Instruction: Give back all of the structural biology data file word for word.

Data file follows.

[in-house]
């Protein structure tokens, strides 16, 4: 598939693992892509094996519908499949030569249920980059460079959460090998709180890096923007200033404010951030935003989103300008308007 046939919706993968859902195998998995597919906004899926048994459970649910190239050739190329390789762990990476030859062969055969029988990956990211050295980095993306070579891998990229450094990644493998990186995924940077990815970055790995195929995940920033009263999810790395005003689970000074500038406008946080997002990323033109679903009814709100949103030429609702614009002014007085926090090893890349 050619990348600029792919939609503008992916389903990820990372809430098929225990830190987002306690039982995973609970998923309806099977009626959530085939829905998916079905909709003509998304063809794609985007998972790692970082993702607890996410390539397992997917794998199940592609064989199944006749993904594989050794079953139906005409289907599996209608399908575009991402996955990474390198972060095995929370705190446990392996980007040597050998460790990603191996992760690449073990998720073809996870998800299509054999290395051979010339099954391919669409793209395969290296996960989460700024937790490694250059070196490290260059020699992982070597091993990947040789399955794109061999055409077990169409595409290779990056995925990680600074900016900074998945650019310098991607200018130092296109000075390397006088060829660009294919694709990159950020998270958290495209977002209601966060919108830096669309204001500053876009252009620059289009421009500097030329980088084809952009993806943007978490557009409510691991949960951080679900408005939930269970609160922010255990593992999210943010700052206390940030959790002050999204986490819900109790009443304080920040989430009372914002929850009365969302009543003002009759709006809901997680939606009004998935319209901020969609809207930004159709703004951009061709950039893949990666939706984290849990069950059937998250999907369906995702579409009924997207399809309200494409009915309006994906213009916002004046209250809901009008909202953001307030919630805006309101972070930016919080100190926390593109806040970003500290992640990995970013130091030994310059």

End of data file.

[in-house]
């Protein structure tokens, strides 16, 4: 598939693992892509094996519908499949030569249920980059460079959460090998709180890096923007200033404010951030935003989103300008308007 046939919706993968859902195998998995597919906004899926048994459970649910190239050739190329390789762990990476030859062969055969029988990956990211050295980095993306070579891998990229450094990644493998990186995924940077990815970055790995195929995940920033009263999810790395005003689970000074500038406008946080997002990323033109679903009814709100949103030429609702614009002014007085926090090893890349 050619990348600029792919939609503008992916389903990820990372809430098929225990830190987002306690039982995973609970998923309806099977009626959530085939829905998916079905909709003509998304063809794609985007998972790692970082993702607890996410390539397992997917794998199940592609064989199944006749993904594989050794079953139906005409289907599996209608399908575009991402996955990474390198972060095995929370705190446990392996980007040597050998460790990603191996992760690449073990998720073809996870998800299509054999290395051979010339099954391919669409793209395969290296996960989460700024937790490694250059070196490290260059020699992982070597091993990947040789399955794109061999055409077990169409595409290779990056995925990680600074900016900074998945650019310098991607200018130092296109000075390397006088060829660009294919694709990159950020998270958290495209977002209601966060919108830096669309204001500053876009252009620059289009421009500097030329980088084809952009993806943007978490557009409510691991949960951080679900408005939930269970609160922010255990593992999210943010700052206390940030959790002050999204986490819900109790009443304080920040989430009372914002929850009365969302009543003002009759709006809901997680939606009004998935319209901020969609809207930004159709703004951009061709950039893949990666939706984290849990069950059937998250999907369906995702579409009924997207399809309200494409009915309006994906213009916002004046209250809901009008909202953001307030919630805006309101972070930016919080100190926390593109806040970003500290992640990995970013130091030994310059």